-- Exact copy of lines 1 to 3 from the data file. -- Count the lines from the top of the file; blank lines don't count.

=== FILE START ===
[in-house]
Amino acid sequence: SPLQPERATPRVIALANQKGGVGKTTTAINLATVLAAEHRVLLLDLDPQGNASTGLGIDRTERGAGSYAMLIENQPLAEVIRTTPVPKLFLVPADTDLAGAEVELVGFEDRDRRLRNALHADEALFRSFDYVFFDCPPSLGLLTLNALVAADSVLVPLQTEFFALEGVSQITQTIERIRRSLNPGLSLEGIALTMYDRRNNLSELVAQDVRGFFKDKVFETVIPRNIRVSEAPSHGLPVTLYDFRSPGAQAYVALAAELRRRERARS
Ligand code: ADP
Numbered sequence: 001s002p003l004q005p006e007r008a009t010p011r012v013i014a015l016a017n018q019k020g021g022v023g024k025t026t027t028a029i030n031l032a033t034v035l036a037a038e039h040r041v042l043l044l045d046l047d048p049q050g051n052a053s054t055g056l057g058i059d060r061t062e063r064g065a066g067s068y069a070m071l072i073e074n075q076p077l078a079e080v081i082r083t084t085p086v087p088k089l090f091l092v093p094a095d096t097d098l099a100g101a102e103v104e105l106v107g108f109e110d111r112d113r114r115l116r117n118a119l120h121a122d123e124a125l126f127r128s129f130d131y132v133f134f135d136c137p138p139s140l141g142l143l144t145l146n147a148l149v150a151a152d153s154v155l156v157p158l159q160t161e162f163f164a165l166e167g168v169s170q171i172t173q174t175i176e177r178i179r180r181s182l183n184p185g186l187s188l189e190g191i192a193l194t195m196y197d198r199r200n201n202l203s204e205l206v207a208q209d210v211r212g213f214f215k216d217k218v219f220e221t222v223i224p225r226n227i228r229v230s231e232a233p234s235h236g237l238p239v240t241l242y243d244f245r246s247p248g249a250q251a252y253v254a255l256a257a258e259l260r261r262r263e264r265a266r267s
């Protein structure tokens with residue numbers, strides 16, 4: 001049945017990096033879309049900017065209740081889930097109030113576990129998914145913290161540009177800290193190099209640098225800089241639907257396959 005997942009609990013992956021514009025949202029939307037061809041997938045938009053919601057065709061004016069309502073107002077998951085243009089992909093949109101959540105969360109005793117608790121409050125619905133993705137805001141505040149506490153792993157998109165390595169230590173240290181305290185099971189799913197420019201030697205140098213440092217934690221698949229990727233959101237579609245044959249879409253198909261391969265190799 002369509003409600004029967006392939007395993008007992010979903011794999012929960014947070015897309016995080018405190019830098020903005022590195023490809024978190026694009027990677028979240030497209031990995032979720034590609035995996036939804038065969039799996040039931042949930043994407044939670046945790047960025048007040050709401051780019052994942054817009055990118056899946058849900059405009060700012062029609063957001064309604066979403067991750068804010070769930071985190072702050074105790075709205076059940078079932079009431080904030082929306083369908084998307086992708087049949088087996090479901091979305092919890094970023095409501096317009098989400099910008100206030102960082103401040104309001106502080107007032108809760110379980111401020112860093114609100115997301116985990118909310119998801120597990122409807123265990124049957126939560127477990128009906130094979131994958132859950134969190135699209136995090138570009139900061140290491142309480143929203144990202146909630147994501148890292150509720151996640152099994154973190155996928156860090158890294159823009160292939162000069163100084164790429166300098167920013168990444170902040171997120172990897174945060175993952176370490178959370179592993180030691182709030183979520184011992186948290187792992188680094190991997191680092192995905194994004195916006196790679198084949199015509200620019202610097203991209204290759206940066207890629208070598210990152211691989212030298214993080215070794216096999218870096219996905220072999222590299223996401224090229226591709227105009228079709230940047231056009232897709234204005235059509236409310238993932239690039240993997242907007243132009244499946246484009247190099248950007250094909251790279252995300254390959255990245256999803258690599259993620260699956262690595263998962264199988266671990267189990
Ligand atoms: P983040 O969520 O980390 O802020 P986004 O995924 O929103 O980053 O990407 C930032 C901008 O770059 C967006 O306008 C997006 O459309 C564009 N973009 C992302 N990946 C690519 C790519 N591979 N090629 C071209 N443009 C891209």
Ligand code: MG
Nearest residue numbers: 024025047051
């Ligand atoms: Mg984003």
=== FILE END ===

[in-house]
Amino acid sequence: SPLQPERATPRVIALANQKGGVGKTTTAINLATVLAAEHRVLLLDLDPQGNASTGLGIDRTERGAGSYAMLIENQPLAEVIRTTPVPKLFLVPADTDLAGAEVELVGFEDRDRRLRNALHADEALFRSFDYVFFDCPPSLGLLTLNALVAADSVLVPLQTEFFALEGVSQITQTIERIRRSLNPGLSLEGIALTMYDRRNNLSELVAQDVRGFFKDKVFETVIPRNIRVSEAPSHGLPVTLYDFRSPGAQAYVALAAELRRRERARS
Ligand code: ADP